Multi-tasking scheduling for heterogeneous systems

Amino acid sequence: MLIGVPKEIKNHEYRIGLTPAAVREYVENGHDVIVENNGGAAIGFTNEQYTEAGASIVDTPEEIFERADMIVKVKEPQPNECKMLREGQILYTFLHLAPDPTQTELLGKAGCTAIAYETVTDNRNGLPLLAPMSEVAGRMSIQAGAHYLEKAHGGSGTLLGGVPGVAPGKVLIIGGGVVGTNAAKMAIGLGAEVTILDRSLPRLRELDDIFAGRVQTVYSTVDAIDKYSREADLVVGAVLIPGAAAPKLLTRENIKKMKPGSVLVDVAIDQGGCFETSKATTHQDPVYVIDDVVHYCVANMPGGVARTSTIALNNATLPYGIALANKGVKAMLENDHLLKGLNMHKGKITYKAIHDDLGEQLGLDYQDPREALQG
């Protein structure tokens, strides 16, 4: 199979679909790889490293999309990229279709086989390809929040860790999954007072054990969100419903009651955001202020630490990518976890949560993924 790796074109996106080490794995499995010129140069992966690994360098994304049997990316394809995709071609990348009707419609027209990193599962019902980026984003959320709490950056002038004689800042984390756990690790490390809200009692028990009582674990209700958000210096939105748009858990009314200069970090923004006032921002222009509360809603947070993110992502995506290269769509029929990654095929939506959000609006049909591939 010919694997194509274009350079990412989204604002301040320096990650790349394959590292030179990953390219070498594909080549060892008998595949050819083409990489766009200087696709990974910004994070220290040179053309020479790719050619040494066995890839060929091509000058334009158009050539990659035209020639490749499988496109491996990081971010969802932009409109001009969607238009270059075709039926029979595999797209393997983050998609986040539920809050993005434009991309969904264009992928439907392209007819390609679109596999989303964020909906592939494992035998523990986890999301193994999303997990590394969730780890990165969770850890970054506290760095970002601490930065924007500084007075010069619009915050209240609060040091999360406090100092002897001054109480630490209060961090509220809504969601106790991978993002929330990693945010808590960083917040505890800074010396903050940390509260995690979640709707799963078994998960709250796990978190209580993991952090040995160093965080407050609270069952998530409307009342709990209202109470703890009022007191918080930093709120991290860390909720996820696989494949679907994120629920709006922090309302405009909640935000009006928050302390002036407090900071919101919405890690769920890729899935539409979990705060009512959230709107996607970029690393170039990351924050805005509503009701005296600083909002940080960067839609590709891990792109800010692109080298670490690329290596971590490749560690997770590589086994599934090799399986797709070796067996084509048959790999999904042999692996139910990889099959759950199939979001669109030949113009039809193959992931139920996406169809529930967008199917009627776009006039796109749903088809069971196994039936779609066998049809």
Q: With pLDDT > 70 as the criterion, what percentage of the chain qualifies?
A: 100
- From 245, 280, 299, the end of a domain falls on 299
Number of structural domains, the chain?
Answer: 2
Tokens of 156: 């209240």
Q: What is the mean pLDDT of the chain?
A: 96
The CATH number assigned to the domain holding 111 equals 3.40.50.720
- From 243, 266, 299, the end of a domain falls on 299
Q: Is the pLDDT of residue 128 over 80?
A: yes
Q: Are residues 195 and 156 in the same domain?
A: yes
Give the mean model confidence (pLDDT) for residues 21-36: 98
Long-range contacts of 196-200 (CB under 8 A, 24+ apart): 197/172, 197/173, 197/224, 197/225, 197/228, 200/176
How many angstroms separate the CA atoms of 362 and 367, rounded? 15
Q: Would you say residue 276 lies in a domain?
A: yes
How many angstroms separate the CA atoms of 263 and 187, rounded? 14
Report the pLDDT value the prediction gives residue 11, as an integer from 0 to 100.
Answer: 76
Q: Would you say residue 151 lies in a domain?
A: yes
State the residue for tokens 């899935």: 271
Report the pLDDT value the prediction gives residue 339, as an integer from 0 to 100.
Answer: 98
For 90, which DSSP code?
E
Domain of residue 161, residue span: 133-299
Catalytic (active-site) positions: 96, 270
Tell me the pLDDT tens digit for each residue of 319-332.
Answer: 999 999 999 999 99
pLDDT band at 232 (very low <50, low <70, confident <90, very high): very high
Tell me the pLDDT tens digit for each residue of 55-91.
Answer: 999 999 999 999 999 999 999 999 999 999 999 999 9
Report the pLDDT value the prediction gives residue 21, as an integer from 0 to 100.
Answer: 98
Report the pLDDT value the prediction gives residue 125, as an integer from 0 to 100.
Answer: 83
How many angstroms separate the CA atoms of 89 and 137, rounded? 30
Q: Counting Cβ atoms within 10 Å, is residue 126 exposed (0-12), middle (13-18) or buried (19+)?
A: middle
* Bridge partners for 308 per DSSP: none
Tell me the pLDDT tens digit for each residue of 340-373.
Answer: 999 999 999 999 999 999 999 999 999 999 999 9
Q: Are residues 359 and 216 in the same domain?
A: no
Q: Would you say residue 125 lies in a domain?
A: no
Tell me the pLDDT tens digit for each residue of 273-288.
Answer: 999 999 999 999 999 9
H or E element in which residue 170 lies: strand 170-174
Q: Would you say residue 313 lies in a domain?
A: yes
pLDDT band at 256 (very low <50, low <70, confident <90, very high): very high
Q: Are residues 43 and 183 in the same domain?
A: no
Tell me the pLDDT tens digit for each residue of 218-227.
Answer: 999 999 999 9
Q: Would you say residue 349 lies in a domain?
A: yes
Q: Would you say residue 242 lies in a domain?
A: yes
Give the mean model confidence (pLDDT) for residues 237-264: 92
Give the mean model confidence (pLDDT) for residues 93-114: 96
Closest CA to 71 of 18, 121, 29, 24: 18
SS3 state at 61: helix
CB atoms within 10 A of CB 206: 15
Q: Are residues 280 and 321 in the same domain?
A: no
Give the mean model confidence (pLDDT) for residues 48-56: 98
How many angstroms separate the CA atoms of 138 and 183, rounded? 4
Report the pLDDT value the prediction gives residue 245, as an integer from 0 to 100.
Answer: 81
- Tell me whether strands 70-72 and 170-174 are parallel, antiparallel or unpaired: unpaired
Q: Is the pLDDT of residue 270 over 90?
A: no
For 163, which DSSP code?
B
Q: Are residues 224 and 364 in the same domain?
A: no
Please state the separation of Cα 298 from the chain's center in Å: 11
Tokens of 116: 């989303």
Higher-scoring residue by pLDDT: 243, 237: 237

Heterogeneous platforms play an increasingly important role in modern computer systems. They combine high performance with low power consumption. From mobiles to supercomputers, we see an increasing number of computer systems that are heterogeneous. The most well-known heterogeneous system, CPU+GPU platforms have been widely used in recent years. As they become more mainstream, serving multiple tasks from multiple users is an emerging challenge. A good scheduler can greatly improve performance. However, indiscriminately allocating tasks based on availability leads to poor performance. As modern GPUs have a large number of hardware resources, most tasks cannot efficiently utilize all of them. Concurrent task execution on GPU is a promising solution, however, indiscriminately running tasks in parallel causes a slowdown. This thesis focuses on scheduling OpenCL kernels. A runtime framework is developed to determine where to schedule OpenCL kernels. It predicts the best-fit device by using a machine learning-based classifier, then schedules the kernels accordingly to either CPU or GPU. To improve GPU utilization, a kernel merging approach is proposed. Kernels are merged if their predicted co-execution can provide better performance than sequential execution. A machine learning based classifier is developed to find the best kernel pairs for co-execution on GPU. Finally, a runtime framework is developed to schedule kernels separately on either CPU or GPU, and run kernels in pairs if their co-execution can improve performance. The approaches developed in this thesis significantly improve system performance and outperform all existing techniques.